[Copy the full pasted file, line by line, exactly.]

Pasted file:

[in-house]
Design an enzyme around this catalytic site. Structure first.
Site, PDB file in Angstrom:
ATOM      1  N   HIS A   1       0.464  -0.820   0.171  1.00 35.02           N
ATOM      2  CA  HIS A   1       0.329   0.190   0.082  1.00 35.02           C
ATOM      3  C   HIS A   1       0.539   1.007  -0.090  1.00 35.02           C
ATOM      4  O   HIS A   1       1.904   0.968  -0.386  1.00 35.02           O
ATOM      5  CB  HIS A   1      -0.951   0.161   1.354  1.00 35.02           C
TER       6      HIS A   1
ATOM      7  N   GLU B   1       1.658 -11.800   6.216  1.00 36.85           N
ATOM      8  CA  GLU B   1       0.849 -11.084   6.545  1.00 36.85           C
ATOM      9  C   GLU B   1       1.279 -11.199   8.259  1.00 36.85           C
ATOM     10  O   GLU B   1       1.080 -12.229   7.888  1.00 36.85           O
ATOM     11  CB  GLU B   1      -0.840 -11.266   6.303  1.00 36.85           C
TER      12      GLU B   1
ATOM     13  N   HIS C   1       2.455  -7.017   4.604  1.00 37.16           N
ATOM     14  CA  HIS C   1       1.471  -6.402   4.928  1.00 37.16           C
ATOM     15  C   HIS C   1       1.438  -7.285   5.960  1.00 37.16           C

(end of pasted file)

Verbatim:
[in-house]
Design an enzyme around this catalytic site. Structure first.
Site, PDB file in Angstrom:
ATOM      1  N   HIS A   1       0.464  -0.820   0.171  1.00 35.02           N
ATOM      2  CA  HIS A   1       0.329   0.190   0.082  1.00 35.02           C
ATOM      3  C   HIS A   1       0.539   1.007  -0.090  1.00 35.02           C
ATOM      4  O   HIS A   1       1.904   0.968  -0.386  1.00 35.02           O
ATOM      5  CB  HIS A   1      -0.951   0.161   1.354  1.00 35.02           C
TER       6      HIS A   1
ATOM      7  N   GLU B   1       1.658 -11.800   6.216  1.00 36.85           N
ATOM      8  CA  GLU B   1       0.849 -11.084   6.545  1.00 36.85           C
ATOM      9  C   GLU B   1       1.279 -11.199   8.259  1.00 36.85           C
ATOM     10  O   GLU B   1       1.080 -12.229   7.888  1.00 36.85           O
ATOM     11  CB  GLU B   1      -0.840 -11.266   6.303  1.00 36.85           C
TER      12      GLU B   1
ATOM     13  N   HIS C   1       2.455  -7.017   4.604  1.00 37.16           N
ATOM     14  CA  HIS C   1       1.471  -6.402   4.928  1.00 37.16           C
ATOM     15  C   HIS C   1       1.438  -7.285   5.960  1.00 37.16           C